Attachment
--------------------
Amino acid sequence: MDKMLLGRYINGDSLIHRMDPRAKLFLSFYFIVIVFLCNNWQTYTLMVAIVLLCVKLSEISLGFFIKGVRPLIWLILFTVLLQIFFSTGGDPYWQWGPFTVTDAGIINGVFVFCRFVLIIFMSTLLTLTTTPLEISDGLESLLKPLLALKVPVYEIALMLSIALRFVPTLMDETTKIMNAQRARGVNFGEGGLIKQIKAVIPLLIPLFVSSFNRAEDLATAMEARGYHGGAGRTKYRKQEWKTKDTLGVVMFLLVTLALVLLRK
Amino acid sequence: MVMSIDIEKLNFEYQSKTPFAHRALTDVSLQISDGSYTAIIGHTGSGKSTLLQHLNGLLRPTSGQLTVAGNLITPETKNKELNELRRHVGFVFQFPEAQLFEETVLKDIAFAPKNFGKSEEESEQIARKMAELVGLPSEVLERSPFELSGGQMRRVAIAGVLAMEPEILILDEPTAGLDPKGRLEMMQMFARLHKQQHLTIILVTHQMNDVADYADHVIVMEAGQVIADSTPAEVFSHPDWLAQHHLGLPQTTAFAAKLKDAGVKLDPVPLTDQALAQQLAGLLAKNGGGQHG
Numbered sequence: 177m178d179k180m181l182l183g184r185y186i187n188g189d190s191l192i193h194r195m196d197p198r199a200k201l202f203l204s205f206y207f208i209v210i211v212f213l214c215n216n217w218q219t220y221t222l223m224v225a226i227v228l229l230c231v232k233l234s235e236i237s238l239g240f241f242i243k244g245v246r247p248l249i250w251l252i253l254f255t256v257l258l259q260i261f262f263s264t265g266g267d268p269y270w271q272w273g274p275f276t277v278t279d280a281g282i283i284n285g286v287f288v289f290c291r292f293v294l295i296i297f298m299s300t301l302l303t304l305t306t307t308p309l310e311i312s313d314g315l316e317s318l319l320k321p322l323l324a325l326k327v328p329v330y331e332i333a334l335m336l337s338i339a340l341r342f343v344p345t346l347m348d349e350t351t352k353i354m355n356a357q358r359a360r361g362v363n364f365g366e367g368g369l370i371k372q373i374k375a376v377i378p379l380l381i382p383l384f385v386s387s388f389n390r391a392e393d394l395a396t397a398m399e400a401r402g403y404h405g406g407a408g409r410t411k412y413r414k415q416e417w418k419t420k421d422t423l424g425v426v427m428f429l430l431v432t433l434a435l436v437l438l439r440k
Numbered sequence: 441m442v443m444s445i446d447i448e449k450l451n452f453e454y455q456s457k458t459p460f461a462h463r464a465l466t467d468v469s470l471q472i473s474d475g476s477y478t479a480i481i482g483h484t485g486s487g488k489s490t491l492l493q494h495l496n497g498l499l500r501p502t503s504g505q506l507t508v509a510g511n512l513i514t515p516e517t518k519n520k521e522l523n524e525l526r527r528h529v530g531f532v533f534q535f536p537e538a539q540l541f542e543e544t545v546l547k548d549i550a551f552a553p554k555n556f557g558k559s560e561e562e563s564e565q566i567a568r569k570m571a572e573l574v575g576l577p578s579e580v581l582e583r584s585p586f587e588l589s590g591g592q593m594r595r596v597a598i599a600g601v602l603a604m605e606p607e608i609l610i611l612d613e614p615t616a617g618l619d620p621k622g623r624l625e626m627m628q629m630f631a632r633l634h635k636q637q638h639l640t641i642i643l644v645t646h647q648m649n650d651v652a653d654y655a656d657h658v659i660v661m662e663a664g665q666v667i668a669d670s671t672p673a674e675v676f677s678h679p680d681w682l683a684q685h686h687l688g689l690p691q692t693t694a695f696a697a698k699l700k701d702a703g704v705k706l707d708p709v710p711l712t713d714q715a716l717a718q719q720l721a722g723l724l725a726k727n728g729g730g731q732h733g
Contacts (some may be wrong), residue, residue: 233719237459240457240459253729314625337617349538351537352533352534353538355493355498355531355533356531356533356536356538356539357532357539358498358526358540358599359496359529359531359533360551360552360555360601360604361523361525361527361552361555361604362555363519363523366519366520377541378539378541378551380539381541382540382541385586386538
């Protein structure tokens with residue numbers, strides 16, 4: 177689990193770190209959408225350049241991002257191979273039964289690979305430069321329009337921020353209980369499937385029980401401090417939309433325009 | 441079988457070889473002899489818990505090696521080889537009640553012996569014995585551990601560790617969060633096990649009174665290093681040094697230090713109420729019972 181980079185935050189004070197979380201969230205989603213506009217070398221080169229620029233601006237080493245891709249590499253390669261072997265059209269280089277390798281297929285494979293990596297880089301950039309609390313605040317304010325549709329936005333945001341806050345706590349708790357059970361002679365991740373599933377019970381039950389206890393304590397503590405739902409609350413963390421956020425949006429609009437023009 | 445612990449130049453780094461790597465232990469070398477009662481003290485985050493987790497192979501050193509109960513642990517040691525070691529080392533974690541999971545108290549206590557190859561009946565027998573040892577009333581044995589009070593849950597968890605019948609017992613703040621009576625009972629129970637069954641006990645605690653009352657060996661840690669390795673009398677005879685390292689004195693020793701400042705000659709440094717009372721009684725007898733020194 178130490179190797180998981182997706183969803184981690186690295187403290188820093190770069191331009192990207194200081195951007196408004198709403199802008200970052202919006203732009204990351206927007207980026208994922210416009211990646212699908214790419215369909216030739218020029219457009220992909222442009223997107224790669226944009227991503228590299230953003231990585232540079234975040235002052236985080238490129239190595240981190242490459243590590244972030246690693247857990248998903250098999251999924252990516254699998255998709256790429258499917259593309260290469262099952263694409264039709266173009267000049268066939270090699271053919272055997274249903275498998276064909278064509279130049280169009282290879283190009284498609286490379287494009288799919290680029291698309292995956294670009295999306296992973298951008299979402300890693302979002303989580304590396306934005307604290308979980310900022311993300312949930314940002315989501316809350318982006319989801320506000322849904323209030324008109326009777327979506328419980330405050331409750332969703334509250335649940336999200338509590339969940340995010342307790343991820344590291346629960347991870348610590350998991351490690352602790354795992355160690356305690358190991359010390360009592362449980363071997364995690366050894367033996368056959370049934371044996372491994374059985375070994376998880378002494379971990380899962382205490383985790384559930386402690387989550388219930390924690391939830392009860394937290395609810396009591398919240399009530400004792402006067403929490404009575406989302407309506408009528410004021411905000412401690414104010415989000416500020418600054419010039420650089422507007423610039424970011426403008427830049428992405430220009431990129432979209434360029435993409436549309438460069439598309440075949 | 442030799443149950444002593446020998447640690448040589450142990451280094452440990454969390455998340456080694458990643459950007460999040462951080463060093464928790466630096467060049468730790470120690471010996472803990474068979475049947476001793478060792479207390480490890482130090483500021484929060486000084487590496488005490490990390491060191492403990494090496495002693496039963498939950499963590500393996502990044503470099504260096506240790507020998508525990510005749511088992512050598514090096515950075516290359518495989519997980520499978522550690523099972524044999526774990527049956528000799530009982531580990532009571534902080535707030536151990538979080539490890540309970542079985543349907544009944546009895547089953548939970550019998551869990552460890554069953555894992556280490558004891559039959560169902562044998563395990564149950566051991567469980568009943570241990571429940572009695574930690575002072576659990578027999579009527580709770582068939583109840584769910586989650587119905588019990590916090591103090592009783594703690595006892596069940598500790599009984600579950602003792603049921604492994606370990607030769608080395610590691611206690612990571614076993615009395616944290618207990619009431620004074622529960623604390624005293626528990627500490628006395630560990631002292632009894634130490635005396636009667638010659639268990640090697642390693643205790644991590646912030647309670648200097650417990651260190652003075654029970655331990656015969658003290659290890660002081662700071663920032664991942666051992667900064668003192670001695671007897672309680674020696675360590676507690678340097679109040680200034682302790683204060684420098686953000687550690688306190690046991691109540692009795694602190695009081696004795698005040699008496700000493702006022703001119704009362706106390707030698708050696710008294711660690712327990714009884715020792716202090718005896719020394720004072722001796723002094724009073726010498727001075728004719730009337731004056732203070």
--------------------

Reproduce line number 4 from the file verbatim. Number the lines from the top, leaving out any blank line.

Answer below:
Numbered sequence: 441m442v443m444s445i446d447i448e449k450l451n452f453e454y455q456s457k458t459p460f461a462h463r464a465l466t467d468v469s470l471q472i473s474d475g476s477y478t479a480i481i482g483h484t485g486s487g488k489s490t491l492l493q494h495l496n497g498l499l500r501p502t503s504g505q506l507t508v509a510g511n512l513i514t515p516e517t518k519n520k521e522l523n524e525l526r527r528h529v530g531f532v533f534q535f536p537e538a539q540l541f542e543e544t545v546l547k548d549i550a551f552a553p554k555n556f557g558k559s560e561e562e563s564e565q566i567a568r569k570m571a572e573l574v575g576l577p578s579e580v581l582e583r584s585p586f587e588l589s590g591g592q593m594r595r596v597a598i599a600g601v602l603a604m605e606p607e608i609l610i611l612d613e614p615t616a617g618l619d620p621k622g623r624l625e626m627m628q629m630f631a632r633l634h635k636q637q638h639l640t641i642i643l644v645t646h647q648m649n650d651v652a653d654y655a656d657h658v659i660v661m662e663a664g665q666v667i668a669d670s671t672p673a674e675v676f677s678h679p680d681w682l683a684q685h686h687l688g689l690p691q692t693t694a695f696a697a698k699l700k701d702a703g704v705k706l707d708p709v710p711l712t713d714q715a716l717a718q719q720l721a722g723l724l725a726k727n728g729g730g731q732h733g